Mar. 2, 2005 — A good week for Steven Oldenburg goes something like this: First he learned that his infant startup beat out about 2,000 competitors to win a NASA award to develop a nanofluidic coolant system. Then he received an order to supply a researcher with nanoparticles for toxicology studies.
“We got our first sale and our first SBIR,” he said, referring to the Small Business Innovation Research award from NASA and the request from a team of toxicology experts to make nanoparticles for a study that is expected to help predict how nanomaterials interact with the body.
All that within four months of launching nanoComposix, a nanoparticle specialty company in San Diego that Oldenburg says will provide not only customized nanomaterials but also an intimate understanding of characteristics such as charge and stability. “That’s the differentiation,” he said. “These are things you need to know if you’re going to work with this stuff.”
It’s all part of his pedigree. Oldenburg made his debut in Small Times in the September/October 2003 issue in a profile on Naomi Halas. Oldenburg worked with Halas on metallic nanoshells in the 1990s when he was an electrical engineering graduate student at Rice University. Under Halas’ tutelage, he learned how to make precisely designed composites and to appreciate how subtle differences alter nanoparticles’ properties and usefulness. Halas has since started a company of her own, Nanospectra Biosciences, which is developing gold nanoshells to detect and destroy tumors.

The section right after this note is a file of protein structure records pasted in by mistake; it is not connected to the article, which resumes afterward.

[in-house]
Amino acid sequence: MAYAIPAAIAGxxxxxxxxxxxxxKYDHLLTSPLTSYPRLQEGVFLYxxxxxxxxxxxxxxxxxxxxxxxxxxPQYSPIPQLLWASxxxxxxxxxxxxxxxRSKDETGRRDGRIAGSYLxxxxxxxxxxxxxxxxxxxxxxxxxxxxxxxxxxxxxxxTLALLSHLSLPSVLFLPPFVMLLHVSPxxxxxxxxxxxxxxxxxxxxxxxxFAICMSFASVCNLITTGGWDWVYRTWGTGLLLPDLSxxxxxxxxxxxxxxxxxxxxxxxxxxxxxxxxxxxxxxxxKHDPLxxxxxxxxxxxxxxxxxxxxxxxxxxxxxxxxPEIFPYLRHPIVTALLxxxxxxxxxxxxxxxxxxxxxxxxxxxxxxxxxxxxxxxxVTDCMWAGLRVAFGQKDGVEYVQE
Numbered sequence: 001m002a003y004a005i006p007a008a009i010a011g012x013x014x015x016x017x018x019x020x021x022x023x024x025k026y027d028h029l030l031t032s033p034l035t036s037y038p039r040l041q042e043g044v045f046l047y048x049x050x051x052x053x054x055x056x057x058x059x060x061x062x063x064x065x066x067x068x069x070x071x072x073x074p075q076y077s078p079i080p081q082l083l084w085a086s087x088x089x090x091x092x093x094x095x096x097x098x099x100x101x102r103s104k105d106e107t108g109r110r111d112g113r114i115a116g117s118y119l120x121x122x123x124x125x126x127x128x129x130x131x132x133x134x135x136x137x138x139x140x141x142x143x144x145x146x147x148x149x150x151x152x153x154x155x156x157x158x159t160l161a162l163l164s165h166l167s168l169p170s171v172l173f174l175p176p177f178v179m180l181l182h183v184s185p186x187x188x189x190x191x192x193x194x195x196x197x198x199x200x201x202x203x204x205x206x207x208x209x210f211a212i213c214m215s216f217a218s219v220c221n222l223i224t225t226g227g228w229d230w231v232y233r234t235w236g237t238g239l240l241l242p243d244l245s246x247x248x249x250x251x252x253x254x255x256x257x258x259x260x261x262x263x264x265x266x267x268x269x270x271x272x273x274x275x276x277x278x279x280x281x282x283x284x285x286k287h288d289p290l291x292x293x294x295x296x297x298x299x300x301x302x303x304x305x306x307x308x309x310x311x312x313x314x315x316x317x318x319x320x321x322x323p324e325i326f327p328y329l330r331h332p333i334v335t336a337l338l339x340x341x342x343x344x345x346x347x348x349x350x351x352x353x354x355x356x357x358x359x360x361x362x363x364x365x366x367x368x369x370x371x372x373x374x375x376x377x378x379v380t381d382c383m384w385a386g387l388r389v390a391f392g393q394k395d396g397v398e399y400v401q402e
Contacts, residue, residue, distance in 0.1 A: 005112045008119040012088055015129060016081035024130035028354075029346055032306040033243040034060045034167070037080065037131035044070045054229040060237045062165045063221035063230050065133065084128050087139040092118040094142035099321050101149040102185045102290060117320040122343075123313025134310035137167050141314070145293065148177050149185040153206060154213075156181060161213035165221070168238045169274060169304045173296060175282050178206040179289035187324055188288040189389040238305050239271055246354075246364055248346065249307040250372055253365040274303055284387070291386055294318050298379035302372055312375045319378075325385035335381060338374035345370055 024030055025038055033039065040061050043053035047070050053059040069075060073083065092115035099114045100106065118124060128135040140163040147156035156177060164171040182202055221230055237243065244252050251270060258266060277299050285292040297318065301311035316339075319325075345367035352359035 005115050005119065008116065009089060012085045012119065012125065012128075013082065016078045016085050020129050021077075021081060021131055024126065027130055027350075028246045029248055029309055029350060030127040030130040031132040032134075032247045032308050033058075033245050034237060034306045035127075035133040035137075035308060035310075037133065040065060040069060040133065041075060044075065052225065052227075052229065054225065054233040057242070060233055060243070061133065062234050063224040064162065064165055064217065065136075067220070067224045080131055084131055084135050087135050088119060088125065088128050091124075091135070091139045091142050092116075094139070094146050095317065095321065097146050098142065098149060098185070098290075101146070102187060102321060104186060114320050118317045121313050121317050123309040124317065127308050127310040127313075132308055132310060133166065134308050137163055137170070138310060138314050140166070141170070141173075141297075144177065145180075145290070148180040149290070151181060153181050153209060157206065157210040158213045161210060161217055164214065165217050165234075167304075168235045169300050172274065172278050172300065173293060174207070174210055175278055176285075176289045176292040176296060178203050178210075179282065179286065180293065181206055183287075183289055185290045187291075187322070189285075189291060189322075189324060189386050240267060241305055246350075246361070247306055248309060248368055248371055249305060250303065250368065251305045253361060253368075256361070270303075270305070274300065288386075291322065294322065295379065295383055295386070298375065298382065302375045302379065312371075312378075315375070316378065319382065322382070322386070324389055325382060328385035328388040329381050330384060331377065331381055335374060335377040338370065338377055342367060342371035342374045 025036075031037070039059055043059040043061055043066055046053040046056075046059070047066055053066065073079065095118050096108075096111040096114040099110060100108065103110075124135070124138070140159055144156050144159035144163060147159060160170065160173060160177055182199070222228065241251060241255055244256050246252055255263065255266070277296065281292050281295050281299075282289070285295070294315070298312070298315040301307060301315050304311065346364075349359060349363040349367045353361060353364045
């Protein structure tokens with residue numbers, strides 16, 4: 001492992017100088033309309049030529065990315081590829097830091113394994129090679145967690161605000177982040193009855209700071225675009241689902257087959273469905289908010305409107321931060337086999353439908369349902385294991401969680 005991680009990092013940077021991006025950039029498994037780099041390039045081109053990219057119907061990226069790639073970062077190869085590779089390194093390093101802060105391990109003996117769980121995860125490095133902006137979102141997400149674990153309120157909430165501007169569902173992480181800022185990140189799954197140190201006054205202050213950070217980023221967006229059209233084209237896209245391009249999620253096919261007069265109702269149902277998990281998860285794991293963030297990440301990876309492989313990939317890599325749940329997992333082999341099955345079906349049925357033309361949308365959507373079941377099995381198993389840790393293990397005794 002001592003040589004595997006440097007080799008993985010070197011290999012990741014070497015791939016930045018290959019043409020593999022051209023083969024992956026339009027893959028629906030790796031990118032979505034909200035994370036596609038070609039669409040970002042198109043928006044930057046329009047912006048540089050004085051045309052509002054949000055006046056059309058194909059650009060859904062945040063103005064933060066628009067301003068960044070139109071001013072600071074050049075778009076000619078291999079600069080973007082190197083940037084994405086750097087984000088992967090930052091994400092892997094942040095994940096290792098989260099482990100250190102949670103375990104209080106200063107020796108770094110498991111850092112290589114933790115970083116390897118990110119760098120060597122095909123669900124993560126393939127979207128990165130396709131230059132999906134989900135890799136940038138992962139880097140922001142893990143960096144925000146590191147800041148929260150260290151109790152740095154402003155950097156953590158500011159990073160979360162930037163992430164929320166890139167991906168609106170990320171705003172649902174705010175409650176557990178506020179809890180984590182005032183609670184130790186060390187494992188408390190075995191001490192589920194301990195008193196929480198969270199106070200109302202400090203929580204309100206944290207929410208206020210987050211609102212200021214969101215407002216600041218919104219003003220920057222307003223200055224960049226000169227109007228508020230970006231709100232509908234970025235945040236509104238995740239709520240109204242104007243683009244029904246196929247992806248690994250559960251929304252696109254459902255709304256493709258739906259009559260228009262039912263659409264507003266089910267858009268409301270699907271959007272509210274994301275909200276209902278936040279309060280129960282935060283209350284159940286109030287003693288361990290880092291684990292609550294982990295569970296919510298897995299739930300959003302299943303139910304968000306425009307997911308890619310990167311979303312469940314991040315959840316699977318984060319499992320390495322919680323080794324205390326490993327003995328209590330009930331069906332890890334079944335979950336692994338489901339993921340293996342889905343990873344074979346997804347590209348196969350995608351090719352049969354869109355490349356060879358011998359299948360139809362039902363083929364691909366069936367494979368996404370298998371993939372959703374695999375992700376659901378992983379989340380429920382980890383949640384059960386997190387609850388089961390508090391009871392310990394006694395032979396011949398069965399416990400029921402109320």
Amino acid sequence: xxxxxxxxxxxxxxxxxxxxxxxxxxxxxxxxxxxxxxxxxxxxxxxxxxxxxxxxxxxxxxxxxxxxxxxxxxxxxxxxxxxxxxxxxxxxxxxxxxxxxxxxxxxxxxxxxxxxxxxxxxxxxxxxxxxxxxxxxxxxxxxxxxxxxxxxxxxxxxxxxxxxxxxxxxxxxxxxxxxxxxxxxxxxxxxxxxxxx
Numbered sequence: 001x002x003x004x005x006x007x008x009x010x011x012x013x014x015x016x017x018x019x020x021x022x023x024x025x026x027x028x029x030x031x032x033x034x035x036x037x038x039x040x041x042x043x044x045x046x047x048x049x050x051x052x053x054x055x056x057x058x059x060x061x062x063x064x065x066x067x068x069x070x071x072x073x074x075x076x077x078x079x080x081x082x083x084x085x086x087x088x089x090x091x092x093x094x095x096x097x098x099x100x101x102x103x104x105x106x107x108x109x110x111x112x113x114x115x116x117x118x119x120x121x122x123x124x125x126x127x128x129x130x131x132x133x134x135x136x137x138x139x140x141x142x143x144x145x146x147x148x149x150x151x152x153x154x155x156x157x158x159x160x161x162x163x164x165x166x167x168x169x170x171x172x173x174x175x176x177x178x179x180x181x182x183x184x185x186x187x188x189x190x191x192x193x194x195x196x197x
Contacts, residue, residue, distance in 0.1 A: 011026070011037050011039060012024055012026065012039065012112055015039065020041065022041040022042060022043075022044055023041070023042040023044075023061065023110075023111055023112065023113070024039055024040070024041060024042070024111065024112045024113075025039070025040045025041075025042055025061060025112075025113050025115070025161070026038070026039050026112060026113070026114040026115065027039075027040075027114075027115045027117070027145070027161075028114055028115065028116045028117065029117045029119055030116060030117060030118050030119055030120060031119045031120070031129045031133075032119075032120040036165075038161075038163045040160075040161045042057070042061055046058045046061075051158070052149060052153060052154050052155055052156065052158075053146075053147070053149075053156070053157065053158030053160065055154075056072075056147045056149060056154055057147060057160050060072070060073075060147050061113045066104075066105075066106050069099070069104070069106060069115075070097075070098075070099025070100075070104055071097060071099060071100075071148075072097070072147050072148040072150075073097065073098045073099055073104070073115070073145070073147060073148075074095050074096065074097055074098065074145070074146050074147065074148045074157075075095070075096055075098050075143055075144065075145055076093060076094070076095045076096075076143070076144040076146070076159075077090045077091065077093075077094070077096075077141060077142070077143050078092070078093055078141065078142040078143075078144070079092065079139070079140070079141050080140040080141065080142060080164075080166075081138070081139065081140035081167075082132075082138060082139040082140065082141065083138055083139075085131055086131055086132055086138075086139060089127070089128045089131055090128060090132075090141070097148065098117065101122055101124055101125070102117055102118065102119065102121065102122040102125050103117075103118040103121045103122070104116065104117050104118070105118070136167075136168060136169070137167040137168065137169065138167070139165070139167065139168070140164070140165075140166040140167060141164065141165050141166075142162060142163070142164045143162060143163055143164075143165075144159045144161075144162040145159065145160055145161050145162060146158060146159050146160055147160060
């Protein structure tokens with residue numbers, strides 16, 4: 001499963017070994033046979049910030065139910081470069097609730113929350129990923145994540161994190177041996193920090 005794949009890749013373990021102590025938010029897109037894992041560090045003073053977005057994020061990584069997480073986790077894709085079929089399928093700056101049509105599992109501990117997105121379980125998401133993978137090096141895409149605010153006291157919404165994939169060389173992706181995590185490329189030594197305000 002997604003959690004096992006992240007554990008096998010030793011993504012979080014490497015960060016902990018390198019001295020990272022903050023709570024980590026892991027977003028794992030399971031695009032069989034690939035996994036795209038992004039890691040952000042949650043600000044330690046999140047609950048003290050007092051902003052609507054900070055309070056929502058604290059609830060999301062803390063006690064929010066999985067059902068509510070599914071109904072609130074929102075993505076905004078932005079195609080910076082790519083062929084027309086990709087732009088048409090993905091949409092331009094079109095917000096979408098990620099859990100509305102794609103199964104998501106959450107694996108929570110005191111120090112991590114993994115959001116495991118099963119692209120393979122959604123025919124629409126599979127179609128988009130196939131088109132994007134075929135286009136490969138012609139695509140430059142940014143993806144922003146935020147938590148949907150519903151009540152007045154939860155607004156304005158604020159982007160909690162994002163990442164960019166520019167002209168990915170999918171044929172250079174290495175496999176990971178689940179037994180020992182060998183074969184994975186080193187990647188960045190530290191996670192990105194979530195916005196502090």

Oldenburg finished his graduate program in 1999 and went to Seashell Technologies in California, where he became familiar with the SBIR process. After five years there, he decided to try his luck as an entrepreneur by founding nanoComposix. He took the friends-and-family route for fund raising, bought lab equipment on eBay and found a facility that would share its lab space with him and three or four other workers.
NASA announced in November that it selected 219 companies from the 2,149 submissions it had received for its SBIR Phase 1 competition. It expected to divvy up more than $20 million for the proposals. Oldenburg said nanoComposix was in store to get about $70,000 to prove it could develop nanofluids for thermal control systems.
The goal is to design nanoparticles that absorb the heat and that remain suspended in liquid used as a coolant. Larger particles tend to settle and create possible clogging problems. If the Phase 1 is successful, nanoComposix will be eligible for a more lucrative Phase 2 award.
Programs like SBIRs serve as the lifeline for young startups, Oldenburg said. “They enable entrepreneurs to take an early-stage idea that venture capitalists would never fund.”
Getting sales revenue within the first months of existence will help the company as well. Its engineered nanoparticles will be used in a toxicology study at the University of Rochester. Funded through the Department of Defense, the project will allow researchers to develop models for predicting the toxicity of nanomaterials. Having a supplier who can provide a consistent product and who can double as a scientific liaison should facilitate the work.
Like his mentor Halas, Oldenburg has his mind set on an even more ambitious goal. Eventually he would like to develop multifunctional nanoparticles that offer dual properties, for instance, composites that add strength to a material while also trapping heat. Nanoshells serve as an optical beacon because they absorb and reflect near infrared light. When coated with proteins that bind to cancer cells, they can be used to identify tumors. But they also heat up when exposed to light, making them a therapeutic as well as a diagnostic tool.